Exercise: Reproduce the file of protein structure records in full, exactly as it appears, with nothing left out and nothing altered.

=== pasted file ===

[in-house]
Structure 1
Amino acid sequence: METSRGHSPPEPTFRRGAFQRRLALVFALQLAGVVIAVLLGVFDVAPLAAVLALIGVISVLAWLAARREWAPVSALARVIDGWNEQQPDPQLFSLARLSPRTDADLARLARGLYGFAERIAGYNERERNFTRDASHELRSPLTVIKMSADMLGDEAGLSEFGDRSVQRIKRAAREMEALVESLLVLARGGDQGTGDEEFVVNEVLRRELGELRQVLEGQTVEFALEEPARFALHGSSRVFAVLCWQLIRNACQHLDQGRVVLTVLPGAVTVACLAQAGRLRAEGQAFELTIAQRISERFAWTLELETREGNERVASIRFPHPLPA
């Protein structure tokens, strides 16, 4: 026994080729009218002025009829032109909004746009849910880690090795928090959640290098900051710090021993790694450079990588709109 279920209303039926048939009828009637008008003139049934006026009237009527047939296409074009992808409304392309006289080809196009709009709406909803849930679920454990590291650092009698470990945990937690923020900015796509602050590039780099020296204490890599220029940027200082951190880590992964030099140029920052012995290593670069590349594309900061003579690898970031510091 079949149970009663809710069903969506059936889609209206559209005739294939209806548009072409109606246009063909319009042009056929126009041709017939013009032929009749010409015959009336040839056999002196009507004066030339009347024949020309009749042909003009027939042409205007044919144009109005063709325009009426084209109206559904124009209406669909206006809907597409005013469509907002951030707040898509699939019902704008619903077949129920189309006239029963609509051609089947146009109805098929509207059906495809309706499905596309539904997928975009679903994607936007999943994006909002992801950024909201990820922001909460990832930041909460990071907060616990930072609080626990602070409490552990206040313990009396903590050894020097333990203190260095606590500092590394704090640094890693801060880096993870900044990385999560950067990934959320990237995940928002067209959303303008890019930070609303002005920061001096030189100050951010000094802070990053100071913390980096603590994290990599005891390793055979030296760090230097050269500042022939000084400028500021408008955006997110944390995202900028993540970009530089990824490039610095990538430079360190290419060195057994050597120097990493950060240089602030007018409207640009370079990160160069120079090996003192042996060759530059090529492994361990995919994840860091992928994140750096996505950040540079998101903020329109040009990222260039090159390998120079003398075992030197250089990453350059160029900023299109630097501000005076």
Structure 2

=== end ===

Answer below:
[in-house]
Structure 1
Amino acid sequence: METSRGHSPPEPTFRRGAFQRRLALVFALQLAGVVIAVLLGVFDVAPLAAVLALIGVISVLAWLAARREWAPVSALARVIDGWNEQQPDPQLFSLARLSPRTDADLARLARGLYGFAERIAGYNERERNFTRDASHELRSPLTVIKMSADMLGDEAGLSEFGDRSVQRIKRAAREMEALVESLLVLARGGDQGTGDEEFVVNEVLRRELGELRQVLEGQTVEFALEEPARFALHGSSRVFAVLCWQLIRNACQHLDQGRVVLTVLPGAVTVACLAQAGRLRAEGQAFELTIAQRISERFAWTLELETREGNERVASIRFPHPLPA
């Protein structure tokens, strides 16, 4: 026994080729009218002025009829032109909004746009849910880690090795928090959640290098900051710090021993790694450079990588709109 279920209303039926048939009828009637008008003139049934006026009237009527047939296409074009992808409304392309006289080809196009709009709406909803849930679920454990590291650092009698470990945990937690923020900015796509602050590039780099020296204490890599220029940027200082951190880590992964030099140029920052012995290593670069590349594309900061003579690898970031510091 079949149970009663809710069903969506059936889609209206559209005739294939209806548009072409109606246009063909319009042009056929126009041709017939013009032929009749010409015959009336040839056999002196009507004066030339009347024949020309009749042909003009027939042409205007044919144009109005063709325009009426084209109206559904124009209406669909206006809907597409005013469509907002951030707040898509699939019902704008619903077949129920189309006239029963609509051609089947146009109805098929509207059906495809309706499905596309539904997928975009679903994607936007999943994006909002992801950024909201990820922001909460990832930041909460990071907060616990930072609080626990602070409490552990206040313990009396903590050894020097333990203190260095606590500092590394704090640094890693801060880096993870900044990385999560950067990934959320990237995940928002067209959303303008890019930070609303002005920061001096030189100050951010000094802070990053100071913390980096603590994290990599005891390793055979030296760090230097050269500042022939000084400028500021408008955006997110944390995202900028993540970009530089990824490039610095990538430079360190290419060195057994050597120097990493950060240089602030007018409207640009370079990160160069120079090996003192042996060759530059090529492994361990995919994840860091992928994140750096996505950040540079998101903020329109040009990222260039090159390998120079003398075992030197250089990453350059160029900023299109630097501000005076």
Structure 2